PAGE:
If you have hyperactive kids or even active pets these harp melodies will definitely quiet them down or even drift them off to sleep. I recommend you listen with scented candles on.

Does Music Improve Athletic Performance?

In one study, people who listen to music with a clear and steady beat while on the treadmill had an increase in their performance by 15%. Their heart muscle worked better than those that did not.

Music for Athletes

Dr. Costas Karageorghis, a sports psychologist with Brunel University noted that it also calms the nerves by 10%, which helps increase athletics' performance. He also suggests that if you are into running, listen to music with 85 to 95 bpm (as in rap music) or 170-190 bpm (as in rock or thrash metal music).

If you need motivational music to push you harder, then choose songs with positive, affirmative lyrics. To reach your new target, choose music at a faster bpm than your usual beat.

Many sport-persons used music to their advantage. One example is Pitcher Trevor Hoffman of the San Diego Padres, who listened to AC/DC to get him psyched up for the game,

How to Benefits: If you want to increase your athletics’ performance forget the drugs and steroids, just listen to music. It is legal, cheaper, and has no side effects!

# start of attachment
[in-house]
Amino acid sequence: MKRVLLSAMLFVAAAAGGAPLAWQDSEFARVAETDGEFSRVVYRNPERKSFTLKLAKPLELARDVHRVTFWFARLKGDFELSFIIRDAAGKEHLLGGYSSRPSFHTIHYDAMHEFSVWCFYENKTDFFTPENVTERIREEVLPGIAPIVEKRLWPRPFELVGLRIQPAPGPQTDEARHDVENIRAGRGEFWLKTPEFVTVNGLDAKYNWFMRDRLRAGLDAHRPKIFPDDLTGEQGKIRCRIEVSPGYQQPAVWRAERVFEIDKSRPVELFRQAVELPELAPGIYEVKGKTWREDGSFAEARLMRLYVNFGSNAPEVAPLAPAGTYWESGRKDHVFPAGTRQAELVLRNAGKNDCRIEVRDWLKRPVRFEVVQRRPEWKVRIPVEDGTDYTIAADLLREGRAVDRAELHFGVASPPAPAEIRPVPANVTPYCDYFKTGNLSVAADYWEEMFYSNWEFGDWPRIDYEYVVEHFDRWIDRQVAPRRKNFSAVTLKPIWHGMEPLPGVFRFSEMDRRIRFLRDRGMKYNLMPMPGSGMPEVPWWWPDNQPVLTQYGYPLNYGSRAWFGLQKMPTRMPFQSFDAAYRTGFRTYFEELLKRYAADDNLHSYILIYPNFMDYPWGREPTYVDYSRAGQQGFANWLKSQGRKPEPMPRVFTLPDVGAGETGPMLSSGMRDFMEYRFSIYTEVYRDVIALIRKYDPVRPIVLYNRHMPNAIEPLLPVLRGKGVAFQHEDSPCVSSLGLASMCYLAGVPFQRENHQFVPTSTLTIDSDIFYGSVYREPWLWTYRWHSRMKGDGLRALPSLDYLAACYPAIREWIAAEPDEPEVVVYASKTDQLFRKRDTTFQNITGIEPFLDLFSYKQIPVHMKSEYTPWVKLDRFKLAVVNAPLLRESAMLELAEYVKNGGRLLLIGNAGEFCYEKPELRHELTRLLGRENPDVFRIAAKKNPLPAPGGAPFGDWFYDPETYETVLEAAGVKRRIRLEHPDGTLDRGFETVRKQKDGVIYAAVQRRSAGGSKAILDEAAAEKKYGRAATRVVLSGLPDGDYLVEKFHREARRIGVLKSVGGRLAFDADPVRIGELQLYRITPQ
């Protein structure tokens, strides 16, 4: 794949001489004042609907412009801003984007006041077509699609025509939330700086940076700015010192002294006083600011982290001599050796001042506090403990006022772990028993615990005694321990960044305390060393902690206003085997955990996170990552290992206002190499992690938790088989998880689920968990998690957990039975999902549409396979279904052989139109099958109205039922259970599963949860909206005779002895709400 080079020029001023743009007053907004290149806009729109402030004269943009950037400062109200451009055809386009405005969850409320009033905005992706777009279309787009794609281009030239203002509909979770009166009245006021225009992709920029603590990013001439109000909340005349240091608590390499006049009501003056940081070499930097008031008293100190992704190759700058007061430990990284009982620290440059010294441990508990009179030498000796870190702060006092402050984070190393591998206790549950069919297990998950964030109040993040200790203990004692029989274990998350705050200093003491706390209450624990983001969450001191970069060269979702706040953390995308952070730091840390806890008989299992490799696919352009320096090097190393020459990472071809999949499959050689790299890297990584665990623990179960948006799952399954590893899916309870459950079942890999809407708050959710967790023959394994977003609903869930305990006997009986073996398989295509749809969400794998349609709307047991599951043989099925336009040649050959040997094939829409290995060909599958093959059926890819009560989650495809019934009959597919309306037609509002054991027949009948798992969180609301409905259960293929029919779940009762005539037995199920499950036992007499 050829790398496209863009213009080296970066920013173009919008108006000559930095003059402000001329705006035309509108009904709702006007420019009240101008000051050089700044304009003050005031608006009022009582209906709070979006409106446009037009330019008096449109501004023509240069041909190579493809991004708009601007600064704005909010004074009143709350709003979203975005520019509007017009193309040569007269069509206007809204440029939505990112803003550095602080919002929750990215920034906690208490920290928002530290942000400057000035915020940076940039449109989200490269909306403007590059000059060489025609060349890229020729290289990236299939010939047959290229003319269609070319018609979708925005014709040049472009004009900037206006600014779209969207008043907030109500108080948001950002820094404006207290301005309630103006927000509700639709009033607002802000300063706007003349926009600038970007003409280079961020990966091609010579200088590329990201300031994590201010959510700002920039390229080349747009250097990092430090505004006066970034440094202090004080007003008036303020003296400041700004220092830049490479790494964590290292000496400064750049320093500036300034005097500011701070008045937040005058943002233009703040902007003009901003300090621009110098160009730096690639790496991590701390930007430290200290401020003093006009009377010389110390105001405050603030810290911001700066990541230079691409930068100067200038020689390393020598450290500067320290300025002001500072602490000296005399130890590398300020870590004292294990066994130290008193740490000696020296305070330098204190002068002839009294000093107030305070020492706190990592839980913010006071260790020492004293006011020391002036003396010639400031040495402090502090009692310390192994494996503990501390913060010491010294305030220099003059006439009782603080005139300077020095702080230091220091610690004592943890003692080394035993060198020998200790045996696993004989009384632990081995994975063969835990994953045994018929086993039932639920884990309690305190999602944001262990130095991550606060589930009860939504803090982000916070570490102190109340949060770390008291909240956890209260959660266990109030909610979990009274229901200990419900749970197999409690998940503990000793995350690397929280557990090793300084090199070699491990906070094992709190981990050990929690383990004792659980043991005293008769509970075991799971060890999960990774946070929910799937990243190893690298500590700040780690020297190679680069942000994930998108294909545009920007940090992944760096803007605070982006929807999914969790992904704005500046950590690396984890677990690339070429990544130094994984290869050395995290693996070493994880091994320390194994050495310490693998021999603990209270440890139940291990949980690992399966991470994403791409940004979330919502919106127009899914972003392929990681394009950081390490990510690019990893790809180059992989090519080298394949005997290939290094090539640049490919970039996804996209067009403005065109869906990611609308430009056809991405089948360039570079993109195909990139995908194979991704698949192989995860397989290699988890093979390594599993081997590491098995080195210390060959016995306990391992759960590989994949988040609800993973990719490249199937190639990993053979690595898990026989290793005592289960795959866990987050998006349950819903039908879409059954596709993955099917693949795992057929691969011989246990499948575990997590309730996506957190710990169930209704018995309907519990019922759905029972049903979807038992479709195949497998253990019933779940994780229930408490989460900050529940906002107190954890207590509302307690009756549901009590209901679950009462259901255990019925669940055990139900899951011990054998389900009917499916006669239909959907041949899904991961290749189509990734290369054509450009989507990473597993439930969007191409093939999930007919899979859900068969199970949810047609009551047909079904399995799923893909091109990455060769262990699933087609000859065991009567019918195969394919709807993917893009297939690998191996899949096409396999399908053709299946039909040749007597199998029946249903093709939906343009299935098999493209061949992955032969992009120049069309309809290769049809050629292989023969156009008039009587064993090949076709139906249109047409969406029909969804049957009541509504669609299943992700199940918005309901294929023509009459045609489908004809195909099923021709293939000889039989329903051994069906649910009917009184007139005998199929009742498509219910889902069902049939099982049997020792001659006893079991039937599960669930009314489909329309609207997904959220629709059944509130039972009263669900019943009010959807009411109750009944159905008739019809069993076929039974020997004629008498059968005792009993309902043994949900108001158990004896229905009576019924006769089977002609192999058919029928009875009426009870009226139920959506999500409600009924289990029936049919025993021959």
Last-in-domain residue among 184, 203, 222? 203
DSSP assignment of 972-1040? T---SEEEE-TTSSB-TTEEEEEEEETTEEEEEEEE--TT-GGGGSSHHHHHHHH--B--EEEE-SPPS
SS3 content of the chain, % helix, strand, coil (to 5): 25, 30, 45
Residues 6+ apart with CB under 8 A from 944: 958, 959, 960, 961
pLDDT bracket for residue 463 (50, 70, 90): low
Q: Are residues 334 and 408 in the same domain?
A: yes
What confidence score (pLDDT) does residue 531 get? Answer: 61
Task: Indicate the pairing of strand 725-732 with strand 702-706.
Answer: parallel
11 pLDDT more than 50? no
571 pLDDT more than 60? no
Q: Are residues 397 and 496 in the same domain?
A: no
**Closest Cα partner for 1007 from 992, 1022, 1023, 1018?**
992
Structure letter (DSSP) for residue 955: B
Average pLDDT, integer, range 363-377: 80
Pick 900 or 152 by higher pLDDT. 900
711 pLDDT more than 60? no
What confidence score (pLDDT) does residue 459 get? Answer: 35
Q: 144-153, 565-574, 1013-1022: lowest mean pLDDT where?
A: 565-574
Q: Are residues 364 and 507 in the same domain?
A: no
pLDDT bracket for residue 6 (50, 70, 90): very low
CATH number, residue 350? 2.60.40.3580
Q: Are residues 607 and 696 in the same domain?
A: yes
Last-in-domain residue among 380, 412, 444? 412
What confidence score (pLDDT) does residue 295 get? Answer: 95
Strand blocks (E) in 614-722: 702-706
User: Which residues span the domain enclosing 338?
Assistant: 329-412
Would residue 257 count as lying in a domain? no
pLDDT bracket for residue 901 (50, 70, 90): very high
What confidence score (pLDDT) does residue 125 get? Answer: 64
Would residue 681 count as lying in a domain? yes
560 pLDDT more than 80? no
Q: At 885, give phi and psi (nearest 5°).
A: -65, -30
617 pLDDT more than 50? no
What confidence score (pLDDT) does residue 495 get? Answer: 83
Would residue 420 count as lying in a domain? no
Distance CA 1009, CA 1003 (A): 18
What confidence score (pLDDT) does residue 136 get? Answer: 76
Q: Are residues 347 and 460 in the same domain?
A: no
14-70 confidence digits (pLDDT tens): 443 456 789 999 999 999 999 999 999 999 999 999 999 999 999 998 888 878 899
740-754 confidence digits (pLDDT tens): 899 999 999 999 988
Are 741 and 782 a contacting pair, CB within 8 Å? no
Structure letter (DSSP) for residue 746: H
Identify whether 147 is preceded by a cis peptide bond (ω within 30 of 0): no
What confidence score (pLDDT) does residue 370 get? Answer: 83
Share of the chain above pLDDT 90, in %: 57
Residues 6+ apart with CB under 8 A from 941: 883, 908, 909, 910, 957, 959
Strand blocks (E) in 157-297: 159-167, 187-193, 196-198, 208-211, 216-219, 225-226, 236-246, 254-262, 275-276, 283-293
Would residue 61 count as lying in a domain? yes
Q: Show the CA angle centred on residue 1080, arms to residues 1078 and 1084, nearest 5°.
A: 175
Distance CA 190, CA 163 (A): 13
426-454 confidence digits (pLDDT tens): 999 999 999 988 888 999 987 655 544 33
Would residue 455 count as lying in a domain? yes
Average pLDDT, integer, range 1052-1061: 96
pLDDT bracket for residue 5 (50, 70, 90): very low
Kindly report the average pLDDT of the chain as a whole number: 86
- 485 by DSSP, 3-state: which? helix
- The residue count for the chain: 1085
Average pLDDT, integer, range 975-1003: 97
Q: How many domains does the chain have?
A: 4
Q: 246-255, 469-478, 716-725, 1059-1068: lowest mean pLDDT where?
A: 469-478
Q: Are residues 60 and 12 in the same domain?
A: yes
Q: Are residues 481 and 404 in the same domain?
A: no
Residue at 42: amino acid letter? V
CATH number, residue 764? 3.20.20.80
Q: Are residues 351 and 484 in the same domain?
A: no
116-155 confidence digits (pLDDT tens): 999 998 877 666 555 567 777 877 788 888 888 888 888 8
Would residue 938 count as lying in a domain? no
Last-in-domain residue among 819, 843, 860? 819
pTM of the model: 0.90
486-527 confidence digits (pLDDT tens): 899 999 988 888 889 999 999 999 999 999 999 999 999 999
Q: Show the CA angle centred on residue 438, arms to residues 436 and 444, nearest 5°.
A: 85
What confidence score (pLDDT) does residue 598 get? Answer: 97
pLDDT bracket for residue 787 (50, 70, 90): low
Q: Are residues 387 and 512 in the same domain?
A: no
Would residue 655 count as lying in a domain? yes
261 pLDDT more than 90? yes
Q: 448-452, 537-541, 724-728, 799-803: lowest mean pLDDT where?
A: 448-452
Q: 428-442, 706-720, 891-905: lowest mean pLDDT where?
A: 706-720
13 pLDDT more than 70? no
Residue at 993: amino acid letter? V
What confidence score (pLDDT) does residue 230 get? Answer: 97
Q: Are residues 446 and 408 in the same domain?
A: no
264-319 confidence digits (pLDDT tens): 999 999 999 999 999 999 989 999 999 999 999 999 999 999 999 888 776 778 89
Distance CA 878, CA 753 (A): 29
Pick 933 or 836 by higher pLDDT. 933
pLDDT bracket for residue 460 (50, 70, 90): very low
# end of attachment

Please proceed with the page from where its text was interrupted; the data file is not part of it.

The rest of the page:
How Music Affects Mood

While there are several studies on the effects of music on the brain to boost athletic performance, improves productivity, lower blood pressure, cognitive skills for children, etc. this study by Rachel S. Herz and Elizabeth D. Cahill is different.

It looks at how men and women respond to various sensory stimuli (smell, vision, touch, and hearing) that will impact their sexual activity. One of these stimuli is music and the study found the following interesting responses:

  • Music is the least arousing sensory experience for men but gets turned on by sexual sounds (smell and vision are also high on men's list).
  • Whereas women ranked music highly.

In another study by William B. Mitchell, Patricia Marten Dibartolo, Timothy A. Brown and David H. Barlow, men who listened to sad music are not easily aroused as men who listened to happy music. Happy music, for women, put them in that right mood!

Music, as mentioned earlier helps release dopamine, the pleasure hormone, and it also releases serotonin, another neurotransmitter that regulates our mood. That’s why music can play a big part to put you in that mood.

Outcome: If happy music can increase both man and woman's libido, turn it on if you want to set the mood.

Classical Music and Brain Development